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Stocks slip on more weak economy signs

NEW YORK - More signs of a weak economy gave investors a reason to sell stocks for a second day.

NEW YORK - More signs of a weak economy gave investors a reason to sell stocks for a second day.

Stocks extended their pullback yesterday after news of a seventh straight monthly drop in industrial production overshadowed better-than-expected reports on home construction, building permits and inflation.

All the major stock indexes fell more than 1 percent, and the Dow Jones industrial average lost 107 points, bringing its two-day drop to nearly 300 points, or 3.3 percent. Investors are nervous that a three-month surge in stocks might have been premature.

But analysts weren't surprised that investors were having second thoughts.

"It's unreasonable to think that the market is going to go straight up and never turn back," said Eric Ross, director of research at Canaccord Adams.

The Dow Jones industrial average fell 107.46, or 1.3 percent, to 8,504.67. The Standard & Poor's 500 index fell 11.75, or 1.3 percent, to 911.97, while the Nasdaq composite index fell 20.20, or 1.1 percent, to 1,796.18.

On Monday, the Dow tumbled 187 points, or 2.1 percent.

The dollar resumed its three-month fall against other major currencies yesterday, pushing prices for commodities higher.

The dollar's slide came after the Kremlin's top economic adviser said Russia may put part of its currency reserves in bonds issued by Brazil, China and India.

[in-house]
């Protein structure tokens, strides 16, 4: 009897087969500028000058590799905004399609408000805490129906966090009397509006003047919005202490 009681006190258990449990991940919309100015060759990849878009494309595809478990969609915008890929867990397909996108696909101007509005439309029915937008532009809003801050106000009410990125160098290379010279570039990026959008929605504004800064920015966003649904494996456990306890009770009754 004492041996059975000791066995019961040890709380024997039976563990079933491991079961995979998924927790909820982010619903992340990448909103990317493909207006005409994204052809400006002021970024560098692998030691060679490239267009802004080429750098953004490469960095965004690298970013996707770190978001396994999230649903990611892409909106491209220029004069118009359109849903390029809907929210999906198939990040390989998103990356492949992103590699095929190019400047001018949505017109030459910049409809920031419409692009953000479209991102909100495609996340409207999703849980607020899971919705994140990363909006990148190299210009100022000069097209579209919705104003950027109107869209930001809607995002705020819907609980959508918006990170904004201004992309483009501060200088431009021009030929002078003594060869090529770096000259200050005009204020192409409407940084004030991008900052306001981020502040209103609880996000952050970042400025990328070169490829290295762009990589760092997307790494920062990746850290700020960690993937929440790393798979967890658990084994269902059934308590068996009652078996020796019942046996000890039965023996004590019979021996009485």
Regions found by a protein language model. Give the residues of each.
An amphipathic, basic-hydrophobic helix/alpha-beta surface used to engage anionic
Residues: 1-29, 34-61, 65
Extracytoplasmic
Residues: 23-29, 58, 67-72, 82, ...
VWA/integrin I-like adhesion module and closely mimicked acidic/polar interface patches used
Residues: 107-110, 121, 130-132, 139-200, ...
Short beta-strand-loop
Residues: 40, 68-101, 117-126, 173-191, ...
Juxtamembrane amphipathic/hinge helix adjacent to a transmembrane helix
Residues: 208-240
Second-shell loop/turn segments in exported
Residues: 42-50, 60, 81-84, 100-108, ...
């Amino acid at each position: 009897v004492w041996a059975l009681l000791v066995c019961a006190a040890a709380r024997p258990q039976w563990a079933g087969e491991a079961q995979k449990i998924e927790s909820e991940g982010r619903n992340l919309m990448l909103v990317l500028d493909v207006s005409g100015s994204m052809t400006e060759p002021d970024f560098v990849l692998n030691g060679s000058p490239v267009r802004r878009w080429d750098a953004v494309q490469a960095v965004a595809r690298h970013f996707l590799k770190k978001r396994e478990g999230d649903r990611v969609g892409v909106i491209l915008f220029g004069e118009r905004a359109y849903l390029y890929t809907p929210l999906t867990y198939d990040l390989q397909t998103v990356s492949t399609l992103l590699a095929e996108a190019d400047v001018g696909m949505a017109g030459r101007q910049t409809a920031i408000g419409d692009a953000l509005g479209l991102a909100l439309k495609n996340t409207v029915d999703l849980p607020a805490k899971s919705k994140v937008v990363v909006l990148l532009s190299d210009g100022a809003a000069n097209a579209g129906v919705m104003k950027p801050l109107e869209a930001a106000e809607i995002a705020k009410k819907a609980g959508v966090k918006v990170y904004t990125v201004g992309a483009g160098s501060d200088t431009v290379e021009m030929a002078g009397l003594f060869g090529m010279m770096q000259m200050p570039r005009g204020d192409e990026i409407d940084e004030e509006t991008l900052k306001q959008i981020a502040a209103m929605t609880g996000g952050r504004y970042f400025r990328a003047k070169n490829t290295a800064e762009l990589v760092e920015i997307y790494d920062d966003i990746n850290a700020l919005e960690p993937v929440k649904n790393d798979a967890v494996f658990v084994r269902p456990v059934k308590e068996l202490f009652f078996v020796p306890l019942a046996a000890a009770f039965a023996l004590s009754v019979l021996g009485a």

Light, sweet crude fell 15 cents to settle at $70.47 a barrel on the New York Mercantile Exchange. Precious metals, soybeans and coffee were among the other commodities closing higher.

The Commerce Department said home construction jumped in May by the largest amount in three months after hitting a record low in April.

The Labor Department said wholesale prices rose less than expected in May. But the Federal Reserve said industrial production fell a larger-than-expected 1.1 percent in May as the recession hurt demand for manufactured goods, including cars and household appliances.

Treasury yields retreated further, a welcome sign for homeowners. Yields on long-term Treasurys have been climbing as demand for bonds weakens amid a huge surplus of government debt. This is worrisome to investors because Treasury yields are linked to mortgages and other consumer loans, and higher borrowing costs could undermine a recovery in the housing market.